* The high-level physical science requirements require a teacher trained to a fairly high level in chemistry. These concepts were difficult for 8th graders in a high scoring school district. Moreover, these concepts do not relate easily either to the life science nor the earth science concepts at this grade level. If concepts do not leverage off each other, teachers will need to waste time re-teaching concepts learned at previous grade levels, leading to too much content to cover, overlap of material between grade level AND to conflict between grade level teams as teachers fight for their favorite units.
Heredity: Inheritance and Variation of Traits An EXACT overlap of a proposed 6th grade. Why?
Evolution: Evidence of common ancestry and diversity inc. fossil record, comparative anatomy
* Evolution and genetics require high level understanding by the instructor to be accurately conveyed.
Earth’s Place in the Universe: Stars, galaxies, solar system, seasons
History of Planet Earth from rock strata – fossil record. Overlaps with 7th grade and therefore will create possible conflict and overlap between grade levels.
Human Impacts on Earth Systems effects of using Earth resources.
Force and Motion
Types of interaction: Electomagnetic, gravitational, contact and non-contact forces.
Definition of Energy inc. kinetic and potential energy.
Relationship between energy and forces.
Information Technologies and Instrumentation
* 8th grade physical science standards do not relate easily to the life science concepts at 8th grade.
Defining and Delimiting Engineering Problems
Developing Possible Solutions
I strongly support the NGSS AS WRITTEN at the national level. I love the emphasis on students DOING science, the blending of engineering and innovation, the integration of English and Math common core standards. The NGSS flow well because they are grouped as Earth Science, Physical Science and Life Science.
I have strong criticisms of the Proposed California NGSS for middle school:
The National NGSS organization allows concepts to build one on the next. It’s more efficient for learning, If concepts are split up as in the Proposed Ca NGSS, underlying concepts have to be reviewed before teaching new concepts in that area of science.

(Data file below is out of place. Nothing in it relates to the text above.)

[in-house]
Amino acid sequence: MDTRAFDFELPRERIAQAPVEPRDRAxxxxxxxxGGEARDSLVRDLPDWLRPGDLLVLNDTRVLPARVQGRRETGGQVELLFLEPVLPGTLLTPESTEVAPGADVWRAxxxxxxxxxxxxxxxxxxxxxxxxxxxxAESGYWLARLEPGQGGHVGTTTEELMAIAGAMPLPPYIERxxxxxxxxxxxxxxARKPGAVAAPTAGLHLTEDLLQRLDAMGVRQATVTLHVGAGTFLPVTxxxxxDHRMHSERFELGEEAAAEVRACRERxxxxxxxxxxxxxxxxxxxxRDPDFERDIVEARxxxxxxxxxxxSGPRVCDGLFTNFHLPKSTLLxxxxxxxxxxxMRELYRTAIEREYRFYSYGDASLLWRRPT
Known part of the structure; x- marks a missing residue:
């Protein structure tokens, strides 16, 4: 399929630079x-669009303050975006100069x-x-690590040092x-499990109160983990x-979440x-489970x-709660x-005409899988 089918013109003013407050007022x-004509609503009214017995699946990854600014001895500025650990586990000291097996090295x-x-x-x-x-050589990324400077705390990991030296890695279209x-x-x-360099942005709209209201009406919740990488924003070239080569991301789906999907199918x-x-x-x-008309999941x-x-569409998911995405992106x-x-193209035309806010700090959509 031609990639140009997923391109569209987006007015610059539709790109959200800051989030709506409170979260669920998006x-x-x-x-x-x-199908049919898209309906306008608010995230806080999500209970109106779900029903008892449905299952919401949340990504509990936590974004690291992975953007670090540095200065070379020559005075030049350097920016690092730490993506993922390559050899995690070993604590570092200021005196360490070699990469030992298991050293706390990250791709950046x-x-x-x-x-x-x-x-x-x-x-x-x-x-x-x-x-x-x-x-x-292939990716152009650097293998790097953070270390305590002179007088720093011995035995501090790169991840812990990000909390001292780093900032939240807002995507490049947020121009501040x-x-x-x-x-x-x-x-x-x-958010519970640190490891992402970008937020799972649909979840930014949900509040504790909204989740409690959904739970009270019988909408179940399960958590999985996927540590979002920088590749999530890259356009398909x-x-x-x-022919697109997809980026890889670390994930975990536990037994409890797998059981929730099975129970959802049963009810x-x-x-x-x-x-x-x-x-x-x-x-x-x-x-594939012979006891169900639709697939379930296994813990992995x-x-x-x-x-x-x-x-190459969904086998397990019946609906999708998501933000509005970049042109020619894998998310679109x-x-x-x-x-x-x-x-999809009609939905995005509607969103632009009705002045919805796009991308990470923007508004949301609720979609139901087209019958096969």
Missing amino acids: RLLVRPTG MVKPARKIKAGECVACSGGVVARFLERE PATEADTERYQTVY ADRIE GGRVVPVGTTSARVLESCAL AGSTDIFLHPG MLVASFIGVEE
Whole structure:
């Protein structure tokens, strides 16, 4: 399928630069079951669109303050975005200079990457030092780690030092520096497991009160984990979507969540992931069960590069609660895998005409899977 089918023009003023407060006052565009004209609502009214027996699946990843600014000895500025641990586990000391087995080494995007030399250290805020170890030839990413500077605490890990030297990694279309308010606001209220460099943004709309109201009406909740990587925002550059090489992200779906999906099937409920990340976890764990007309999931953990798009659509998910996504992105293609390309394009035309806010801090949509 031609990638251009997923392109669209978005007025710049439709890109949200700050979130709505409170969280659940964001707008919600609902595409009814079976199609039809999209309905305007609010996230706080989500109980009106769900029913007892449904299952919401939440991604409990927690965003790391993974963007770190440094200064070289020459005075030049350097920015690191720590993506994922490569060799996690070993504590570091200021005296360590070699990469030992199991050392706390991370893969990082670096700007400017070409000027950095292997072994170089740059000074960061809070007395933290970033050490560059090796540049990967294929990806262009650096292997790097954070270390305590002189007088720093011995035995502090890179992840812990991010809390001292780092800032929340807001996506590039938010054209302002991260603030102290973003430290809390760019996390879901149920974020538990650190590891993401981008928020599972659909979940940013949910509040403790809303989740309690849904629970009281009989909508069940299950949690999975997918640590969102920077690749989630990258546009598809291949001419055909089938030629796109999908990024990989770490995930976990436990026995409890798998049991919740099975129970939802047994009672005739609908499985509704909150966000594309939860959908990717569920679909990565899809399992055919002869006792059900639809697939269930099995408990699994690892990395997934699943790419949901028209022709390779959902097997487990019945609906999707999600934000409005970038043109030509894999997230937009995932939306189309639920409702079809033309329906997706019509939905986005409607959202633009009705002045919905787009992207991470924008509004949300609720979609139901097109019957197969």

A good flow is vital to the coherence of the learning experience for students – the ‘story line’ of the curriculum.
A disconnected, incoherent sequencing of the Proposed Ca NGSS is likely to lead to teachers once again having to rely on textbooks to teach a mile wide, inch deep laundry list of topics.
There are significant overlaps between grade levels, particularly around genetics in 6th and 8th grade. There are also many areas where it’s unclear which parts of a topic are to be taught at a grade level.
Texts and curriculum developed for the NATIONAL NGSS will not be adequate for California with these Proposed Ca NGSS at middle school, leading to tremendous and needless extra effort by curriculum developers and textbook publishers. Unless there is urgent reason to do this, let’s not waste time, money and resources.
Most importantly, there are few teachers adequately qualified and trained to teach the range and depth of concepts across science disciplines. There must be a plan in place to address this shortfall.
We currently have teachers used to teaching Earth science at 6th, Life Science at 7th and Physical Science at 8th. Let’s change one thing at a time – the PROCESS of science and the ENGINEERING/TECHNOLOGY emphasis of the NGSS will be plenty challenging enough without also requiring teachers to learn entirely new areas of science.
I urge you to contact the State Board of Education members with your comments before the adoption of the Proposed Ca NGSS is up for discussion on July 9th :
“Members of the public are encouraged to attend the meeting (1430 N Street, Sacramento, CA 95814) or watch online. The board meeting begins at 8:30 am and the new science standards are Item #2 on the agenda. If you would like to submit a comment to the State Board, you may do so in person during the meeting (there is a two minute time limit) or in writing via email to firstname.lastname@example.org. If submitting your comments via email, you must include the item number (Item #2) in the subject line. Email comments must be submitted by 12:00 pm on Monday, July 8. CSTA invites you to copy your email to us at email@example.com so that we can continue to gather and monitor the views and opinions of our members and science teachers throughout the state.” Jessica Sawco, Executive Director, CSTA